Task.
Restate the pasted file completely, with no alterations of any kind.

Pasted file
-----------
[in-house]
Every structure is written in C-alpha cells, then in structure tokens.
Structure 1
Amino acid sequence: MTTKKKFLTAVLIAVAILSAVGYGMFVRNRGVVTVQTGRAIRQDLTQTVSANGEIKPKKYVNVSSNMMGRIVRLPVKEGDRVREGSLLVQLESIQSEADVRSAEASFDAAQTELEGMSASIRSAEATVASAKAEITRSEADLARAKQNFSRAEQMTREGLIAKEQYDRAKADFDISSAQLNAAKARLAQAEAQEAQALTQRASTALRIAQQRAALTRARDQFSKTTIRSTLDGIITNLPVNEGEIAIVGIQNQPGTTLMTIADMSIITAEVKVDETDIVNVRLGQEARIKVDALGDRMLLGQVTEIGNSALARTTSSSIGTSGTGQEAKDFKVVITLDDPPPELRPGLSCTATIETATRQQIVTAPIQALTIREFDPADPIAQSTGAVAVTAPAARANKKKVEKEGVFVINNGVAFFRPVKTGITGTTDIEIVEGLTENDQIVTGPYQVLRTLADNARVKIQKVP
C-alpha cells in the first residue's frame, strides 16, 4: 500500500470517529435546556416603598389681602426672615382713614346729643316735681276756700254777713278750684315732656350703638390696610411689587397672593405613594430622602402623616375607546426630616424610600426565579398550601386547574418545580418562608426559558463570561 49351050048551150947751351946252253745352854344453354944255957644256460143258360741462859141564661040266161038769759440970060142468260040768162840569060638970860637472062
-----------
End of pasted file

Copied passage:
[in-house]
Every structure is written in C-alpha cells, then in structure tokens.
Structure 1
Amino acid sequence: MTTKKKFLTAVLIAVAILSAVGYGMFVRNRGVVTVQTGRAIRQDLTQTVSANGEIKPKKYVNVSSNMMGRIVRLPVKEGDRVREGSLLVQLESIQSEADVRSAEASFDAAQTELEGMSASIRSAEATVASAKAEITRSEADLARAKQNFSRAEQMTREGLIAKEQYDRAKADFDISSAQLNAAKARLAQAEAQEAQALTQRASTALRIAQQRAALTRARDQFSKTTIRSTLDGIITNLPVNEGEIAIVGIQNQPGTTLMTIADMSIITAEVKVDETDIVNVRLGQEARIKVDALGDRMLLGQVTEIGNSALARTTSSSIGTSGTGQEAKDFKVVITLDDPPPELRPGLSCTATIETATRQQIVTAPIQALTIREFDPADPIAQSTGAVAVTAPAARANKKKVEKEGVFVINNGVAFFRPVKTGITGTTDIEIVEGLTENDQIVTGPYQVLRTLADNARVKIQKVP
C-alpha cells in the first residue's frame, strides 16, 4: 500500500470517529435546556416603598389681602426672615382713614346729643316735681276756700254777713278750684315732656350703638390696610411689587397672593405613594430622602402623616375607546426630616424610600426565579398550601386547574418545580418562608426559558463570561 49351050048551150947751351946252253745352854344453354944255957644256460143258360741462859141564661040266161038769759440970060142468260040768162840569060638970860637472062